Sustainability

The Case for Sustainability in Packaging

“Sustainability is the ability to achieve continuing economic prosperity while protecting the natural systems of the planet and providing a high quality of life for its people.” – Environmental Protection Agency

Sustainability has evolved far beyond its early status as a fringe idea. Now, it’s a central theme in the global trend toward efficiency, preservation of natural resources, and economic stability.

Contrary to what you might have heard, an environmentally-sound philosophy doesn’t have to involve uncomfortable trade-offs. Flexible packaging is sustainable packaging, and it can help you meet your goals for the environment, your customer base, and your financials.

Sustainability Supports a Convenient Lifestyle

Imagine a life where consumer packaging didn’t exist. Chances are, your life would take an abrupt turn. Sustainable packaging carries social benefits that support and enhance life in ways that many consumers might never have imagined.

Plastic Packaging Facts asserts that the social benefits are the “third leg of the sustainability stool,” complementing economic and environmental performance.

Sustainable materials, they explain, help keep food fresher longer. From the refrigerated section to produce to shelf-stable products, there’s less spoilage and less waste in the budget as well as the refrigerator.

Flexible packaging, renowned as an ecologically-sound choice, also helps transport more goods using less fuel and keeps products fresher. More people have access to better nutrition, even in remote areas.

Sustainability

Sustainability improves your marketing aim.

A Green Approach Offers a Valuable, Competitive Marketing Edge

In the marketplace, sustainability offers a clear competitive edge. Consumers gravitate toward companies that claim environmental friendliness and demonstrate it through good stewardship.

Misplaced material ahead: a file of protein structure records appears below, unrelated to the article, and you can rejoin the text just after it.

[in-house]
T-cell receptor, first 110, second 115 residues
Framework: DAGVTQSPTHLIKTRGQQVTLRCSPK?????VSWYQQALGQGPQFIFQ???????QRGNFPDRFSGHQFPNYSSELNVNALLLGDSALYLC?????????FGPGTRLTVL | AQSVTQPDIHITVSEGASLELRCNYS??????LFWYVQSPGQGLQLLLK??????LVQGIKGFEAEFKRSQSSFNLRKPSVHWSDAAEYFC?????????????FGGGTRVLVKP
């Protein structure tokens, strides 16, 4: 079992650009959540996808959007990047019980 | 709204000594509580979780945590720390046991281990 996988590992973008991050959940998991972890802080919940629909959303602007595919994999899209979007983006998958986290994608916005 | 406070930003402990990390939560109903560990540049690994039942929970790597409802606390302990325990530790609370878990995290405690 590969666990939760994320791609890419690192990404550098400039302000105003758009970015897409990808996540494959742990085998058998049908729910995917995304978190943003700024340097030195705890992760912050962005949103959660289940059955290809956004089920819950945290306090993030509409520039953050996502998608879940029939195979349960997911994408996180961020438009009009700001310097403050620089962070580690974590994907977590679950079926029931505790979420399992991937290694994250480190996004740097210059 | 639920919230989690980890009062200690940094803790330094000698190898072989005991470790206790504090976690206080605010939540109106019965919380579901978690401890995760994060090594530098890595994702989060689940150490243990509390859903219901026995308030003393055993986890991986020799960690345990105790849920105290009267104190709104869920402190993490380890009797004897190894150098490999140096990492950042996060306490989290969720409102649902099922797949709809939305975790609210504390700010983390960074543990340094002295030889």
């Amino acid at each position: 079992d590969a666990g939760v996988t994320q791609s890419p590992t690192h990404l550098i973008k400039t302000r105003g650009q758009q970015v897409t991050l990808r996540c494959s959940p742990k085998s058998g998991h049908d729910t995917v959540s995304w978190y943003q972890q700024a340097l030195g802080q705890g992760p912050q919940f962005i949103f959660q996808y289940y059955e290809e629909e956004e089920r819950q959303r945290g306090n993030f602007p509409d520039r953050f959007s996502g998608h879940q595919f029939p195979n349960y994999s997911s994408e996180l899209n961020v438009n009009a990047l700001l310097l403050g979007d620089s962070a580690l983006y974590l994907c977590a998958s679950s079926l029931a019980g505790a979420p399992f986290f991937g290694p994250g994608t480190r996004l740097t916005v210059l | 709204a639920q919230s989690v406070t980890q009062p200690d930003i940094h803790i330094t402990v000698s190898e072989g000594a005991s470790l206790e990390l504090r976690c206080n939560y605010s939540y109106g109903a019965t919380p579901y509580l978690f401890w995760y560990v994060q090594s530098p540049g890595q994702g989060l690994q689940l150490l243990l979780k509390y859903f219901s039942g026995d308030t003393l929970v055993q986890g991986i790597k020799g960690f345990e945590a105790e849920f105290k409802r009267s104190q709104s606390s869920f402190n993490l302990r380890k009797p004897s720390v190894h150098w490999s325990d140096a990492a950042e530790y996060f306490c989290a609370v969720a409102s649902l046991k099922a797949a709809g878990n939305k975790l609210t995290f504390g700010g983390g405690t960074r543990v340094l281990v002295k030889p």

Sometimes, a company’s philosophy is as important as its products. BizCommunity makes several observations:

  • People buy from companies that make them “feel good.”
  • Consumers prefer companies that tackle societal issues.
  • The younger the customer base, the more a company’s large-scale societal benefits matter.
  • The majority of consumers expect company transparency. They want to see sustainable measures in action.

“The demand for sustainability has affected every aspect of packaging,” says Packaging World.  It influences preferences for smaller package size, lightweighting, resource conservation, and waste minimization.

A course correction toward low-environmental impact, flexible packaging matches global awareness and consumer demand. Sustainability resonates with consumers, which helps build a positive relationship based on a mutual philosophy between a brand and a consumer.

It’s Fiscally Responsible for the Corporate Economies

Sustainability makes sense from an economic standpoint, as well, but perhaps not exactly the way that you think. In a somewhat surprising twist, common knowledge on the subject could hurt, not help, your bottom line. A better path to green goals is developing.

Take recycling, for example. Common knowledge says plastic recycling trumps landfill waste. For that matter, plastics should be avoided, correct? Not so fast.